Weerakkody, Vishanth J.P.; Alkhaldi, Afnan N.M.N.A. (University of BradfordFaculty of Social Sciences and Humanities, 2021)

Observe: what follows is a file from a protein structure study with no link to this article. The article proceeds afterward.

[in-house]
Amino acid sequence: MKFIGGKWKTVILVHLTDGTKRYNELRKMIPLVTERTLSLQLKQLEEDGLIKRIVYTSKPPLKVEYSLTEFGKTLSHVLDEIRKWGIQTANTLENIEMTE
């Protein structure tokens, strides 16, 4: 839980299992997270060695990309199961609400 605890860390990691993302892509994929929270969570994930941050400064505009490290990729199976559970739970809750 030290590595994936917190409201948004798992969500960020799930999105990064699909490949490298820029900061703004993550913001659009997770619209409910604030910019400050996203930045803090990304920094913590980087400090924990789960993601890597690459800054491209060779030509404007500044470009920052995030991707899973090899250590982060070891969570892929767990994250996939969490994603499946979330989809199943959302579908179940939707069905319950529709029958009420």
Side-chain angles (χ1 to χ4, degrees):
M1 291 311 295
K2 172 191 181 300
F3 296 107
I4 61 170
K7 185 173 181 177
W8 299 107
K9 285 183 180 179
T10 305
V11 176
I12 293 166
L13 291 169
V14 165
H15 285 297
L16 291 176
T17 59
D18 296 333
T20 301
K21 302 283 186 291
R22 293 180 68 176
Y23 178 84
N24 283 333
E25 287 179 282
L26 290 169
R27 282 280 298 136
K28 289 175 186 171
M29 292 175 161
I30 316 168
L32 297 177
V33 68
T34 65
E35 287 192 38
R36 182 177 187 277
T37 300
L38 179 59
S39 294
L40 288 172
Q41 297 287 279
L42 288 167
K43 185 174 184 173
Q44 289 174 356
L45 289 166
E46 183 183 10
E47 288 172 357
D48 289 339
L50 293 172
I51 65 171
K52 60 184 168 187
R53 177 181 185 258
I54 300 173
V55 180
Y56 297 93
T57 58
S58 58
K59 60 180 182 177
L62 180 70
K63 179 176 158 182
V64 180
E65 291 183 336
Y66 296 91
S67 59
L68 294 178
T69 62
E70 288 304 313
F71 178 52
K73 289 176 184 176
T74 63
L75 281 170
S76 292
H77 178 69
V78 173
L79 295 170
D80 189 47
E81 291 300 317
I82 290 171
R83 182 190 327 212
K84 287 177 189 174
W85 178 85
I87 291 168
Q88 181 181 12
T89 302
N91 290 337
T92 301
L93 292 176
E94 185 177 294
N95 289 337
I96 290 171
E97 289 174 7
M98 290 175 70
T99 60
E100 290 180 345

Purpose – The aim of this study is to investigate the factors affecting the net benefits and change in user behaviour in a technology push scenario in Smart Cities. Design/methodology/approach –The research was conducted using a quantitative approach. Hence, quantitative data was obtained by devising and distributing a questionnaire adapted from the literature to serve the purpose of this research. Data was analysed by using SmartPLS software, since this tool allowed for the creation of a Structural Equation Modelling (SEM). Contributions –The research is expected to help foster an understanding of the factors affecting citizens’ satisfaction with technology-supporting smart cities. The focus of this research was on the scenario where technology was introduced by the government to support the development of smart cities, and where citizens ‘do not have a choice’ and are ‘pushed’ to use them. The research contributes a model for assessing the role of satisfaction in enhancing the net benefits of smart city technologies on the lives of citizens, as well as the change in individuals’ behaviour towards smart city technologies when they are ‘pushed’ for use. The findings provided insights to enable policy makers to implement smart cities in developing countries while ensuring the satisfaction of the users. Originality/value – The originality of this research is centred around determining how satisfied citizens are with smart cities and the net benefit of smart cities within a developing country (Kuwait) context. The research is also unique in that it examines the role of citizens’ satisfaction in changing their behaviour towards ‘push’ technology within smart cities. Theoretical Contributions – This study examined the factors that led to acceptance of smart cities in Kuwait. Hence, this study used the theories related to user acceptance of technology and added to its trust in provider. Previous studies have examined trust as a broad concept. Moreover, this study incorporated the push theory and also examined the change in user behavior, which was not examined in earlier studies.